- (Photo: T.D. Jakes Ministries)
An interdenominational faith revival drew all kinds of churches to the Washington, D.C. area to kick off the New Year in unity.
"Even though our churches do things differently, we understand that for this season it isn't about that," said Lead Pastor John Jenkins, Sr. of Landover, Md.'s First Baptist Church of Glenarden. "It's about churches setting aside their differences and working together for the greater good of God."
First Baptist and D.C.'s Greater Mount Calvary Holy Church have gathered with visiting churches for several days of singing, sermons and devotion to God every year since 2003.
The 2012 edition began Wednesday at First Baptist with a performance by Beverley Crawford and a speech by Pastor Jackie McCullough of Pomona, N.Y.'s International Gathering at Beth Rapha about remaining righteous in the modern age.
The three-day gathering concluded Friday at Landover, Md.'s Jericho City of Praise with a sermon by Bishop T.D. Jakes of Dallas’ The Potter's House.
"A gathering like this should reach many places, many people and many cultures," said McCullough. "We have to learn to fellowship with each other to strengthen each other. If we inform, mentor, guide and demonstrate our lifestyle, it will help people make the right choices."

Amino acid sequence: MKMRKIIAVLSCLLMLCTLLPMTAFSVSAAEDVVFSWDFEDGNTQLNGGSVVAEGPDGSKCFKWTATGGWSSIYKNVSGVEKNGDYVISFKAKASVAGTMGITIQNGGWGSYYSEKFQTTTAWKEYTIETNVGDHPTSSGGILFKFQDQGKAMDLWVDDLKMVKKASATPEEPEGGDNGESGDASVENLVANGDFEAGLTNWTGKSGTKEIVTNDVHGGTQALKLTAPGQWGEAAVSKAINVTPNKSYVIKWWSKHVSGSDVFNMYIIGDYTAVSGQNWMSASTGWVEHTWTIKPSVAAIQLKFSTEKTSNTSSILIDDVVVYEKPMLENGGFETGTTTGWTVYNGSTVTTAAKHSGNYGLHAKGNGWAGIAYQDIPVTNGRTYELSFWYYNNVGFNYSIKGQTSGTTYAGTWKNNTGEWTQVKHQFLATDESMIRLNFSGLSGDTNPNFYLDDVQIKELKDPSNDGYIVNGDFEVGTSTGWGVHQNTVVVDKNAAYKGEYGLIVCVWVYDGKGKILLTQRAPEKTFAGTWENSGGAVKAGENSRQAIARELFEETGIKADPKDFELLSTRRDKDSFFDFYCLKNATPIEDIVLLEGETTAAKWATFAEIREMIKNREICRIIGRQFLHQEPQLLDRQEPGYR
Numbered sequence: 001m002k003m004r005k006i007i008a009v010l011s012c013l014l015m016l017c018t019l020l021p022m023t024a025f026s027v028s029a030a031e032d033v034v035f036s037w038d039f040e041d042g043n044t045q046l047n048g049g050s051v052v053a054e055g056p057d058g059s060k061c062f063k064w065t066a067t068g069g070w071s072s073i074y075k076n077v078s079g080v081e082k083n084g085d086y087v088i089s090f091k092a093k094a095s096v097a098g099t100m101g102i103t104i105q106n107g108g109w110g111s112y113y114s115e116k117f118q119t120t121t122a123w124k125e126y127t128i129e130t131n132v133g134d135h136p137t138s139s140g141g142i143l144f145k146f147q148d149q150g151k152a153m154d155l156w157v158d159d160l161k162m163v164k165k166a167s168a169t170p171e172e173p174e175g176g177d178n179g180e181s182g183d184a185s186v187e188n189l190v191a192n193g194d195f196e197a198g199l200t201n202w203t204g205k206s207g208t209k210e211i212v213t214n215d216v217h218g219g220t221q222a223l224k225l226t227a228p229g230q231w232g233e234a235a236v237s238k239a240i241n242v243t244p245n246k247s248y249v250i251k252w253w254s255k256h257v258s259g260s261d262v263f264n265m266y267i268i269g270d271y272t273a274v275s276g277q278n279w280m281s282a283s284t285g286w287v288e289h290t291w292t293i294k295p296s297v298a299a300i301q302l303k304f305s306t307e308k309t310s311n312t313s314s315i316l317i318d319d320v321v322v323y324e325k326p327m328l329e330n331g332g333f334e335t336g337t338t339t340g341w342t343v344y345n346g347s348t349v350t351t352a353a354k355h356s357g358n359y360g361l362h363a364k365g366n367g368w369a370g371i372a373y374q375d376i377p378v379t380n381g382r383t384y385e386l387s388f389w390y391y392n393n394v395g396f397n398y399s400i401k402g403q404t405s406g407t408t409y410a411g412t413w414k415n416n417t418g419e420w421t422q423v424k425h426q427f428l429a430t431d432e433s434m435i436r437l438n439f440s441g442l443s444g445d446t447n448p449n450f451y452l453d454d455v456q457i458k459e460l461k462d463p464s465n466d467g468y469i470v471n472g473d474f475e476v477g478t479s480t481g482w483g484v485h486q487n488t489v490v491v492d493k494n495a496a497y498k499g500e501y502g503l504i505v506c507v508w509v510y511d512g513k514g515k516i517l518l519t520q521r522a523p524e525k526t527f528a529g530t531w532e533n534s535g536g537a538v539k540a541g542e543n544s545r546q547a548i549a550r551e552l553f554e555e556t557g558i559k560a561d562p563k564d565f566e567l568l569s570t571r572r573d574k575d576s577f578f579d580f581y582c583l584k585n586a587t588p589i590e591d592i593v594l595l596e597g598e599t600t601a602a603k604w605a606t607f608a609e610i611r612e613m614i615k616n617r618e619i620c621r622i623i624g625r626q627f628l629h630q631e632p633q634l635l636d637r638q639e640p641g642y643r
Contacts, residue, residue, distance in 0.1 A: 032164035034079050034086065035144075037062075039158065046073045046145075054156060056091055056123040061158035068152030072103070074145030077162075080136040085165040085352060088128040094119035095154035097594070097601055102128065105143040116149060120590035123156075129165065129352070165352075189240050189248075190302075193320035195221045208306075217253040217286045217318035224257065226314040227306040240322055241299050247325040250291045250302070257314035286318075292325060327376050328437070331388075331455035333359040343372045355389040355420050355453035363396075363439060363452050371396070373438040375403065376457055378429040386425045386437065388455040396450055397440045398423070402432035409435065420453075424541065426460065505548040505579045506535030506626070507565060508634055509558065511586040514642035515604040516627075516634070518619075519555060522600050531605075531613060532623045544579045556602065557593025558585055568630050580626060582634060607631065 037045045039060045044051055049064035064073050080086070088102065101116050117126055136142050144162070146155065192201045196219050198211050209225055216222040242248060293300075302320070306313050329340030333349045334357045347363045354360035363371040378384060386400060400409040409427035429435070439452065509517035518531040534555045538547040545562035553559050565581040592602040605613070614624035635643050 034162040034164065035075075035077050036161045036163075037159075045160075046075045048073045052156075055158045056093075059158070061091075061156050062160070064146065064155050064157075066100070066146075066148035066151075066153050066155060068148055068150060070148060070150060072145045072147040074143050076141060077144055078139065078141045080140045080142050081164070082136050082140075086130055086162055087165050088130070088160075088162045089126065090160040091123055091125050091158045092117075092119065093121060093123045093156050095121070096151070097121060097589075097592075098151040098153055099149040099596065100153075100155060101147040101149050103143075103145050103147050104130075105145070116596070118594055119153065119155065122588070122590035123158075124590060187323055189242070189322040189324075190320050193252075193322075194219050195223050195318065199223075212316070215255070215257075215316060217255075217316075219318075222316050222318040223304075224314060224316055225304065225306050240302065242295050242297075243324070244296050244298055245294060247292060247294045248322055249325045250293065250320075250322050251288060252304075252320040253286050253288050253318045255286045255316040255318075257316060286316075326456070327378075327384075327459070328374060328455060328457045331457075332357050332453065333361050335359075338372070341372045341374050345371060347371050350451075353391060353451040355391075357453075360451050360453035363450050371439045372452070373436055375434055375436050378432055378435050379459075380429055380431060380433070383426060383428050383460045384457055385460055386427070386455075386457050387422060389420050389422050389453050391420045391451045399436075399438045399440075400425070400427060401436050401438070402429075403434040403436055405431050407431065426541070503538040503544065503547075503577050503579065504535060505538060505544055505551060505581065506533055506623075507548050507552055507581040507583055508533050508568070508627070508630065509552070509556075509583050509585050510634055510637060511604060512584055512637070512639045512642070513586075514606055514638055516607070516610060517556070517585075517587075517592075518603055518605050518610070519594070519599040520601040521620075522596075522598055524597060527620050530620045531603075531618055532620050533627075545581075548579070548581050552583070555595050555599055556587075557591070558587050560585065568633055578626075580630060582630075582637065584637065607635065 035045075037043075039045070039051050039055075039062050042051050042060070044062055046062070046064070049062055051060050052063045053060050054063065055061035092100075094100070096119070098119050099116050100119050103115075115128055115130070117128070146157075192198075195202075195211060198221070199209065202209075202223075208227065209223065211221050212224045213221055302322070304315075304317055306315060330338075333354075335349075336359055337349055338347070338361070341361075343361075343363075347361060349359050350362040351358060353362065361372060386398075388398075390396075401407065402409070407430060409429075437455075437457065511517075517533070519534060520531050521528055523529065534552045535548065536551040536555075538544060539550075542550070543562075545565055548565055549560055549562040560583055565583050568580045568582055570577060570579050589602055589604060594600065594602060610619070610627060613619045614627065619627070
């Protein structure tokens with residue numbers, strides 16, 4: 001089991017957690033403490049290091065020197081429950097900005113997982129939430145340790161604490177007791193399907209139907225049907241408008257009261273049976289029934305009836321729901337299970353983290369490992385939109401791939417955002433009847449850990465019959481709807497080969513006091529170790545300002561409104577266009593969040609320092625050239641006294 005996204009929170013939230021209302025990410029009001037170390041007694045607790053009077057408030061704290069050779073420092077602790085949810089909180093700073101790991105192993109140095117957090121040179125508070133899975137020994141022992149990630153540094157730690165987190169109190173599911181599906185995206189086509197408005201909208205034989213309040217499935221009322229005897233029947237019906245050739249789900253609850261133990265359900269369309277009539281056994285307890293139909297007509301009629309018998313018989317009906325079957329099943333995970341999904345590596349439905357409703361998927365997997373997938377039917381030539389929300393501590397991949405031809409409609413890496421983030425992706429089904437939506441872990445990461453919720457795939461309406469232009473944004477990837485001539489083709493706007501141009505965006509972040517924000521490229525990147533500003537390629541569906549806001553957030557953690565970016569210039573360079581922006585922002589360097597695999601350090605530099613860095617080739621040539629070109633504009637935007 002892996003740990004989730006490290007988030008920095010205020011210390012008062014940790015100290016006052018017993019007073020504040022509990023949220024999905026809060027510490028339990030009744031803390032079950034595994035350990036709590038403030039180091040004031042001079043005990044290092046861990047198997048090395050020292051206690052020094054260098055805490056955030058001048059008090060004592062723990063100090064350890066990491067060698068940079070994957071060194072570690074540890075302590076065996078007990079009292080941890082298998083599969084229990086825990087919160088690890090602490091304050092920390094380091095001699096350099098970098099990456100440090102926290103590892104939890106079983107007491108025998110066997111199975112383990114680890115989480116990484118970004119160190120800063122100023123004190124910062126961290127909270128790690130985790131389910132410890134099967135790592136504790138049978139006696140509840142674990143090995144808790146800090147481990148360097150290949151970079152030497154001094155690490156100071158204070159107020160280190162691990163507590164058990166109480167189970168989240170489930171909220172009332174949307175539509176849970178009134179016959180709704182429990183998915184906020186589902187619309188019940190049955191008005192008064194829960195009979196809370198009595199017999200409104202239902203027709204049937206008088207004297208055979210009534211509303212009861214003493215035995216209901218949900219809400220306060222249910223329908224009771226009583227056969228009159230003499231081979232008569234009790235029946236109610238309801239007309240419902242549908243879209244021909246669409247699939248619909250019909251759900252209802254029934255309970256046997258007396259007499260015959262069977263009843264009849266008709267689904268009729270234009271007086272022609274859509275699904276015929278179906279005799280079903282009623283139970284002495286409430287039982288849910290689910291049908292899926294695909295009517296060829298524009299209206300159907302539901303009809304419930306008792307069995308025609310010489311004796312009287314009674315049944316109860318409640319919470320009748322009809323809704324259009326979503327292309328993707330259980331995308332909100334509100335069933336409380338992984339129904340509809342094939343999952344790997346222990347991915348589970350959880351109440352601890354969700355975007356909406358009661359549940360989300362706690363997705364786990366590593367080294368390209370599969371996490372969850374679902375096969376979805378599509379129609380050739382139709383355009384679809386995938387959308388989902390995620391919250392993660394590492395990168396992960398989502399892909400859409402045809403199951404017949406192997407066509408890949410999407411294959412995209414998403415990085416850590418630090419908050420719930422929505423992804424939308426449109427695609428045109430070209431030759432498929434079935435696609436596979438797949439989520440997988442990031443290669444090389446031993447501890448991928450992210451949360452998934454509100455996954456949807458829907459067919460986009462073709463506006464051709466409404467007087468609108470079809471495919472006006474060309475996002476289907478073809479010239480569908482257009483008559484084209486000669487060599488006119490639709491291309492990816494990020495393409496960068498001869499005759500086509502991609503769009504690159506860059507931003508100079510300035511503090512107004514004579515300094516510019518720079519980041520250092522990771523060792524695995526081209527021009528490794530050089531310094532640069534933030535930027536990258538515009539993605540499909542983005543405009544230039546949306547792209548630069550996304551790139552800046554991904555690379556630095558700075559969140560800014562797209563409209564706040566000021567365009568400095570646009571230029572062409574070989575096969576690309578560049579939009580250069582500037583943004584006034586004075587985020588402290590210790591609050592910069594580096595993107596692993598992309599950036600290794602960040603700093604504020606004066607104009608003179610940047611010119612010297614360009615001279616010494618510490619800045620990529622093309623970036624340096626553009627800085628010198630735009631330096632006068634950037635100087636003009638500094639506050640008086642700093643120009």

Cedric Brown, Greater Mount Calvary's associate pastor, said the best way of achieving such a mission was making a gathering with broad evangelical appeal. The series' wide range of singers and speakers, he said, made sure that the Lord's message reached greater numbers of people.
"God is coming back for one church," he said. "That one church is made up of young and old, black and white, Asian and Hispanic, traditional and contemporary. It's important that we send a message to the world that God's church is one church."
McCullough added that such a message was important in a universe where morality is mocked, the economy is fluctuating, and even the church itself at times seems surrounded by sin. If today's Christians practiced the simplicity and community of their ancestors, she said, society would soon transform into a better place.
"The Church is very, very needed in times like this," McCullough said. "There's a charted course in the Bible and the church helps people stay on that course. We need to stick with our faith in God."
The annual revival is aimed at making attendees' beliefs real and exciting to them, according to Jenkins. Without passion, he said, a healthy church can't stake its place in the world.
"The atmosphere here is enthusiastic, electric, motivated and excited," Jenkins said. "I hope people walk out of here feeling like they're going to live more for Jesus next year and that they know they have the power to do that."